01 March 2008

Our pool isn't usually that green.

Earlier today I was playing around on Google Maps, trying to figure out the location of a random windmill we can see from upstairs in our house but not from the road. I never found the windmill. Instead, I got distracted by looking at satellite images of the area.

Google must have updated their aerial photos recently, because the last time I looked, our house had been photographed in the winter—everything was brown and dead. This new image is from the spring, and since the trees are all filled with fluffy new leaves you can really see how little of the 3.5 acres are actually usable for gardening. I envy those neighbors across the street whose yards get great sun all day.

The coolest thing about the new map, though, is that if you zoom in all the way you can actually make out the individual raised beds in our garden. In the picture below, I highlighted some of the prominent garden-related spots in the yard.

The herb garden and the current garlic and onion patch used to be well-tended gardens, but they turned into giant weed pits over the past year. We're attempting to reclaim them both, as we'd like to be able to spread our plantings around a bit. Kelly is going to stick most of his hot peppers in the herb garden, and after reading Patrick's advice to us on this post, we'll probably relegate our wild tomatoes to the herb garden as well. The two red Xs mark the trees we chopped down last fall, and the chickens were relocated a bit to the left—their yard now shares a fence with the southern edge of the garden—but other than that, this is pretty much what the yard looks like right now.


mom said...

That is really cool! And you're right, your pool isn't that green.

Patrick said...


If you're interested in reading more about seed saving in general as well as differences in plant species and so on, an excellent book on the subject is Carol Deppe's Breed Your Own Vegetable Varieties:


She has a PhD from Harvard. A few parts of the book are so thick you could cut them with a knife. Mostly though, her audience is home gardeners and farmers and she has a great and fun way of communicating very interesting things about plants.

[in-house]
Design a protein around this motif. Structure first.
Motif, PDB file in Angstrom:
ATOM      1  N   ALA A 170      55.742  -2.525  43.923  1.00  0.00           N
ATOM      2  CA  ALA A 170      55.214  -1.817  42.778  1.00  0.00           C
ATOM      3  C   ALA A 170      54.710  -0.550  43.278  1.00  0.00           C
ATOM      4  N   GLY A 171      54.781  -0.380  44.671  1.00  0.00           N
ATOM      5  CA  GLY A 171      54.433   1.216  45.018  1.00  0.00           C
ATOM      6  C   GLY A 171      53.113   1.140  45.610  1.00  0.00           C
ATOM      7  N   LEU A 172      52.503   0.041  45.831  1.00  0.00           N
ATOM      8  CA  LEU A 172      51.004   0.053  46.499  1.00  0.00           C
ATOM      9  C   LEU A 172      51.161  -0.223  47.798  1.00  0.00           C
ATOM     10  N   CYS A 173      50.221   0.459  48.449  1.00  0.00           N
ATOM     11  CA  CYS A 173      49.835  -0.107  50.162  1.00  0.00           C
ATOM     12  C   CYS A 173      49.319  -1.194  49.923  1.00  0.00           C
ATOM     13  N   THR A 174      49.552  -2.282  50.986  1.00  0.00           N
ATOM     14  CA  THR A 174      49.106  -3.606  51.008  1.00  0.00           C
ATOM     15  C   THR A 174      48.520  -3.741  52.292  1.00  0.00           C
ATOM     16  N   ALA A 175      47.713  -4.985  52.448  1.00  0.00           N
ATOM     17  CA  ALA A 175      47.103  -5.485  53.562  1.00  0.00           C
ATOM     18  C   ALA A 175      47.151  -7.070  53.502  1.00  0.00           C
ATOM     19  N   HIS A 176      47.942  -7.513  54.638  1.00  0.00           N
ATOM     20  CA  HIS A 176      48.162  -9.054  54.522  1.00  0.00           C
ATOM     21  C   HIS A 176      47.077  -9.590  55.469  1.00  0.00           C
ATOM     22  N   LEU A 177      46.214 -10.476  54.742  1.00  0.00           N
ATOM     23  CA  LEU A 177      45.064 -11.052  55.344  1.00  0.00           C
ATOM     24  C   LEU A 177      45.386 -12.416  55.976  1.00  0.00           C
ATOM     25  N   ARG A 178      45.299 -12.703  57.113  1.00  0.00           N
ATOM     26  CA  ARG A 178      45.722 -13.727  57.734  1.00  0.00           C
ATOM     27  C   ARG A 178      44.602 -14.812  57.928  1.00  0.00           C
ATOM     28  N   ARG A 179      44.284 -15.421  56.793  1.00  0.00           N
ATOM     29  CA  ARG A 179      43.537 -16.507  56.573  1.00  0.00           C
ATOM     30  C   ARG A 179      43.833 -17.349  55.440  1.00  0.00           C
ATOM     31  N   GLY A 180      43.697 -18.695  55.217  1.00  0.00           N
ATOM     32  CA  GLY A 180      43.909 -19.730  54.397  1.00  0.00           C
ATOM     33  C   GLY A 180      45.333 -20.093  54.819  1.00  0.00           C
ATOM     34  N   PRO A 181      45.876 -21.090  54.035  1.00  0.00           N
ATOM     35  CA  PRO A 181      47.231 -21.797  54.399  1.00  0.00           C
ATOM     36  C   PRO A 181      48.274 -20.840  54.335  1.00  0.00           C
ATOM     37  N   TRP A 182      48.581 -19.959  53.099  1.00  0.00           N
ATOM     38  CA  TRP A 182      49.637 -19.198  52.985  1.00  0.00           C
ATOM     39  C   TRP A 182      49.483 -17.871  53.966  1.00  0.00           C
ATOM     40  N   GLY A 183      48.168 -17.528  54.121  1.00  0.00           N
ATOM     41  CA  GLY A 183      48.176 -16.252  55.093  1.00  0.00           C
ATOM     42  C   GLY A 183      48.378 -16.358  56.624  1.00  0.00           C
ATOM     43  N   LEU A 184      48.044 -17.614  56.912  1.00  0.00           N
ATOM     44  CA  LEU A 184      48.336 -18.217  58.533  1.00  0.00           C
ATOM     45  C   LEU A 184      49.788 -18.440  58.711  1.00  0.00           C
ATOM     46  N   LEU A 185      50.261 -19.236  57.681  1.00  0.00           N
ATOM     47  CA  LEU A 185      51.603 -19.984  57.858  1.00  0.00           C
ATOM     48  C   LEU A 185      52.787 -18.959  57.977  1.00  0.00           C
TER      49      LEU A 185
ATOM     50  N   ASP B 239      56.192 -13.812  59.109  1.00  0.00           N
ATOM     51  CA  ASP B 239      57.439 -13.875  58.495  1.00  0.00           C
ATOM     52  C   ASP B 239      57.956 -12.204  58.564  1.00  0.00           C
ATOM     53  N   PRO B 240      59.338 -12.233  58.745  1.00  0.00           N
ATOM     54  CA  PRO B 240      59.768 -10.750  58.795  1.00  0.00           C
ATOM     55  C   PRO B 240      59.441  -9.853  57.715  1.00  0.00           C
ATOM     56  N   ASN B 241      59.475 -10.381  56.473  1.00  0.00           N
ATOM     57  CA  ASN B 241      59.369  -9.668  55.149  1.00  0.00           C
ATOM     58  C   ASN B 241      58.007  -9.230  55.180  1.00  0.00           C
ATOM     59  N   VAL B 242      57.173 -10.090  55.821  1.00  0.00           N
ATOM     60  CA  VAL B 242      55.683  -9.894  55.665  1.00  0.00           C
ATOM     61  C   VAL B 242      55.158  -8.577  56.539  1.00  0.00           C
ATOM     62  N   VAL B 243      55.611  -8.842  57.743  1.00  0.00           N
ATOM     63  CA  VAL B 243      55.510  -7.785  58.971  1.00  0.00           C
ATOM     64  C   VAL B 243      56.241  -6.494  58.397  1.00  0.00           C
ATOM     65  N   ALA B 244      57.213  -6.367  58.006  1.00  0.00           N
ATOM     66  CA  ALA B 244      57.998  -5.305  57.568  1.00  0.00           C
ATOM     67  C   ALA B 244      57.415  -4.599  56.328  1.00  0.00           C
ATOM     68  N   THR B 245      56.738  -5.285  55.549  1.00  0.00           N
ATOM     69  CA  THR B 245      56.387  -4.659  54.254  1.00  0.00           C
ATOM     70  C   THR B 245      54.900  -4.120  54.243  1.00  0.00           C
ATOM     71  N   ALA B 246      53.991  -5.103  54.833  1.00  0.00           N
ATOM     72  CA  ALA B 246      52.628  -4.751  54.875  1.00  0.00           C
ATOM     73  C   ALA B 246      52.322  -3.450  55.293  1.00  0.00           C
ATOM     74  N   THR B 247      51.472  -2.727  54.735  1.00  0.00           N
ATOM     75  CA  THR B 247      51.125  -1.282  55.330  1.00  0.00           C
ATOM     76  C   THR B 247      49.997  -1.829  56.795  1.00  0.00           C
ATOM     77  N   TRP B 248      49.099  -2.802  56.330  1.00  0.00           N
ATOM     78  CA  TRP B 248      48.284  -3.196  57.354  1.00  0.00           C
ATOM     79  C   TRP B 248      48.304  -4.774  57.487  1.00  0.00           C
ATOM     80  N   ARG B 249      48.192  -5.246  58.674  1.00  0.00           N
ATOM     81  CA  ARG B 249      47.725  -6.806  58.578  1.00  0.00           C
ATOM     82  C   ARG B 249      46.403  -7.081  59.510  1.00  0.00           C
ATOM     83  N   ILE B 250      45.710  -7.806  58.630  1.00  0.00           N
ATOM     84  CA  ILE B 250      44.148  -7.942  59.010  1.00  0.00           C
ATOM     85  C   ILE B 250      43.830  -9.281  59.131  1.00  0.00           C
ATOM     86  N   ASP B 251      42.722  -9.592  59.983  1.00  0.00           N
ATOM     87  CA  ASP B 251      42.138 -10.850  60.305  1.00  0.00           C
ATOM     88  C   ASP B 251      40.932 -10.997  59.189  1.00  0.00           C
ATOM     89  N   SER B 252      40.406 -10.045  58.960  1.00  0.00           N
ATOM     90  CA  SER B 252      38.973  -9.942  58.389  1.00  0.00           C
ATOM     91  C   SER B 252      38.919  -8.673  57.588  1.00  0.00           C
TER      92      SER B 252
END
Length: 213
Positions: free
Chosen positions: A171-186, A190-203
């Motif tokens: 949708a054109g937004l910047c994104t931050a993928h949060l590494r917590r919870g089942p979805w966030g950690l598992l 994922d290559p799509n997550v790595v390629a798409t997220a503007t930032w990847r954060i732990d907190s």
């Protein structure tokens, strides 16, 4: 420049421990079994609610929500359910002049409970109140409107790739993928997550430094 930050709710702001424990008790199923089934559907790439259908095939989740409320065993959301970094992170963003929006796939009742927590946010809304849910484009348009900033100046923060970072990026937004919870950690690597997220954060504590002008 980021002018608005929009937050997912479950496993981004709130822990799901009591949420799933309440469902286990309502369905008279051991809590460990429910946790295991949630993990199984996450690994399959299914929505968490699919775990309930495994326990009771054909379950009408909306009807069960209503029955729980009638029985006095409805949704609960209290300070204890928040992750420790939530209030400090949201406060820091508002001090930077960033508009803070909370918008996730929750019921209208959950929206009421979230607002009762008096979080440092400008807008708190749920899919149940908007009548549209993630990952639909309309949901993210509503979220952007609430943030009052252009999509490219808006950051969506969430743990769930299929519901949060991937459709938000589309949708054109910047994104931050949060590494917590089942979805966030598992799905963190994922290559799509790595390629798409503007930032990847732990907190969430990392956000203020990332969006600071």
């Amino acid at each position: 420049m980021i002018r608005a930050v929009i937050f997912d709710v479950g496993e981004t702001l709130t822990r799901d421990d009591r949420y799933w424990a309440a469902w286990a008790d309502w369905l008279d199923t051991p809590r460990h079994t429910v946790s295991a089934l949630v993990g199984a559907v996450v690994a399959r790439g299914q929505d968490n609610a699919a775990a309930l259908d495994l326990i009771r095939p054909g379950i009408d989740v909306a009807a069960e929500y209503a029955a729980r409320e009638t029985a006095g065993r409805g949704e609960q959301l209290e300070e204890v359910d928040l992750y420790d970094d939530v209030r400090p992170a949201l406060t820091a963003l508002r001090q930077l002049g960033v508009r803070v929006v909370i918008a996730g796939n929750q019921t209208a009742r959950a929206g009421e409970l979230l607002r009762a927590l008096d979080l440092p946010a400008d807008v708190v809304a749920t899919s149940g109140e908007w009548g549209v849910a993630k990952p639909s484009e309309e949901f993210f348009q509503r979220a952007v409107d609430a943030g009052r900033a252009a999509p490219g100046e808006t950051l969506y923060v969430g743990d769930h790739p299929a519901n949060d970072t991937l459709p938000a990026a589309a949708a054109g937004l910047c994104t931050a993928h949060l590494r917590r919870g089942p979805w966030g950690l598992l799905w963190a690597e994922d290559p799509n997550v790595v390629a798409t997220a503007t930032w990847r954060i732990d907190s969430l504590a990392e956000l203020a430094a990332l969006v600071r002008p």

Ali said...

That is very cool. I had to check our place out, but it has not been updated very recently, it is still the blurry 5 y/o old photo it has always been. I can't decide whether that is bad or good, though....

Farmgirl_dk: said...

Your labeling cracked me up. Crappy orchard and dirty pool just sound like two of the COOLEST places! :-) We were just looking at google maps photos of our property, and the surrounding area, night before last. We noticed photo updates between different levels of magnification of the same image, if you can imagine that. There's an area of clearcut douglas firs not too far from here and when we would hit the + key a couple times, the trees would all magically reappear. Would that we could actually do that! :-)

Meg said...

It's only at the beginning and end of the season that it's that green. In between it's more of a murky gray color.

Patrick, thanks for the recommendation. I would like to do some more in-depth reading about seed saving and crossing plants and stuff. One book that's been on my to-read list for some time is Seed to Seed...do you have any experience with that one?

Ali, I know what you mean. I half expected to see us hanging out in the yard; there is definitely a bit of a creepiness factor to being able to look that closely at your house on the internet. It reminds me of this: http://www.youtube.com/watch?v=fPgV6-gnQaE

Danni, the dirty pool is definitely a plus for the property, but I think we resent the crappy orchard because it takes up so much potential garden space for a limited amount of fruit. Too funny about Google making your trees grow back.

Patrick said...

Seed to Seed is also an excellent book. It's more of a reference book and very focused on seed saving as opposed to plant breeding. I look things up in it far more than Carol Deppe's book.

Carol Deppe has most of the same material as in Seed to Seed, but it's less handy to just look things up. Carol Deppe goes to a lot of trouble to explain why things work the way they do, and her book is the kind you would want to read from cover to cover (perhaps skipping a few sections and not necessarily in order).

Like I said, I have both books, but honestly you could also just pick one or the other and not be missing out on too much.

Anonymous said...

Very jealous that you have a bamboo grove! Closest we will come this yar is the Sunflower Forest my 6 yr old is planning.

Cool Pics.

El said...

Get this: we live too close (~10 miles) to a nookeelar power plant so our farm doesn't show up on Google Earth or Terraserver's photos. They, like, fuzz out a 20-mile border. I guess they don't want anyone to drop a bomb on the plant, and I guess (admittedly) that I am grateful.

I do wish to let you know that there has been a soil survey done for most of the good old USofA, though: very informative, just like your photo. Go see here: http://websoilsurvey.nrcs.usda.gov/app/

It's spooky what they know, them gubmint spooks.

Meg said...

I'm behind on my reading (trying to get caught up this weekend) and am just getting around to this post now.....very cool that you can see your place and garden so clearly!

I tried to pull up mine, but all you can see is the big old tree that shades my garden area, and two tiny white spots between some of the branches that are portions of my 3 foot by 3 foot raised container beds on the deck. I wish the builders of my home weren't *quite* so excited about quantities of trees 60-65 years back when all these trees were planted here. We get only a couple of hours of direct sunlight each day on the garden in the late afternoon, so I am very, very envious!